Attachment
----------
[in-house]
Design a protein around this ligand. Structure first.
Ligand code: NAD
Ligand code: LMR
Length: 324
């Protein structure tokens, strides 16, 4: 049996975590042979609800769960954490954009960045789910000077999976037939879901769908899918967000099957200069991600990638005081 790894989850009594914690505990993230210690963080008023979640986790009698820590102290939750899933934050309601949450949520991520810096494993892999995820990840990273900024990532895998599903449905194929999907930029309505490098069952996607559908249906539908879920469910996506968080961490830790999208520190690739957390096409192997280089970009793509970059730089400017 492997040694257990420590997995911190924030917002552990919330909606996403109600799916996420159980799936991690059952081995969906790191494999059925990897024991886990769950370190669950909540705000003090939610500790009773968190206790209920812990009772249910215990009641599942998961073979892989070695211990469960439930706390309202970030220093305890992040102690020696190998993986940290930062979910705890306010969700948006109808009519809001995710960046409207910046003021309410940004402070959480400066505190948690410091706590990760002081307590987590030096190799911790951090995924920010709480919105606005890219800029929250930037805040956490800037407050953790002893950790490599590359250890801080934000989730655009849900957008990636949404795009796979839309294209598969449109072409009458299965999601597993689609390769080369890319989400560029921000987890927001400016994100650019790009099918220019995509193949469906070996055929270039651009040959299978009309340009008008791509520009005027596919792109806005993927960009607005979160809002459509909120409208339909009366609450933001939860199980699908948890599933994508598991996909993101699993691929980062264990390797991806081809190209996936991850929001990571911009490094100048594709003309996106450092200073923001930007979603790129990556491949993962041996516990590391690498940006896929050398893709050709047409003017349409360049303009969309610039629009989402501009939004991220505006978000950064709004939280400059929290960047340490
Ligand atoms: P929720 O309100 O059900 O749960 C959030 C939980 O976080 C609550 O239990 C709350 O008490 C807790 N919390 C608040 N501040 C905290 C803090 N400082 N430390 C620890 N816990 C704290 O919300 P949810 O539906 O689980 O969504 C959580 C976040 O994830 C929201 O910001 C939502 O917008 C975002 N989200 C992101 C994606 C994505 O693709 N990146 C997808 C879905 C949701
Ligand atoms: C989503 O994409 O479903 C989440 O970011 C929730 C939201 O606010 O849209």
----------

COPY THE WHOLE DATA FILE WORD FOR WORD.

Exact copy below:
[in-house]
Design a protein around this ligand. Structure first.
Ligand code: NAD
Ligand code: LMR
Length: 324
């Protein structure tokens, strides 16, 4: 049996975590042979609800769960954490954009960045789910000077999976037939879901769908899918967000099957200069991600990638005081 790894989850009594914690505990993230210690963080008023979640986790009698820590102290939750899933934050309601949450949520991520810096494993892999995820990840990273900024990532895998599903449905194929999907930029309505490098069952996607559908249906539908879920469910996506968080961490830790999208520190690739957390096409192997280089970009793509970059730089400017 492997040694257990420590997995911190924030917002552990919330909606996403109600799916996420159980799936991690059952081995969906790191494999059925990897024991886990769950370190669950909540705000003090939610500790009773968190206790209920812990009772249910215990009641599942998961073979892989070695211990469960439930706390309202970030220093305890992040102690020696190998993986940290930062979910705890306010969700948006109808009519809001995710960046409207910046003021309410940004402070959480400066505190948690410091706590990760002081307590987590030096190799911790951090995924920010709480919105606005890219800029929250930037805040956490800037407050953790002893950790490599590359250890801080934000989730655009849900957008990636949404795009796979839309294209598969449109072409009458299965999601597993689609390769080369890319989400560029921000987890927001400016994100650019790009099918220019995509193949469906070996055929270039651009040959299978009309340009008008791509520009005027596919792109806005993927960009607005979160809002459509909120409208339909009366609450933001939860199980699908948890599933994508598991996909993101699993691929980062264990390797991806081809190209996936991850929001990571911009490094100048594709003309996106450092200073923001930007979603790129990556491949993962041996516990590391690498940006896929050398893709050709047409003017349409360049303009969309610039629009989402501009939004991220505006978000950064709004939280400059929290960047340490
Ligand atoms: P929720 O309100 O059900 O749960 C959030 C939980 O976080 C609550 O239990 C709350 O008490 C807790 N919390 C608040 N501040 C905290 C803090 N400082 N430390 C620890 N816990 C704290 O919300 P949810 O539906 O689980 O969504 C959580 C976040 O994830 C929201 O910001 C939502 O917008 C975002 N989200 C992101 C994606 C994505 O693709 N990146 C997808 C879905 C949701
Ligand atoms: C989503 O994409 O479903 C989440 O970011 C929730 C939201 O606010 O849209």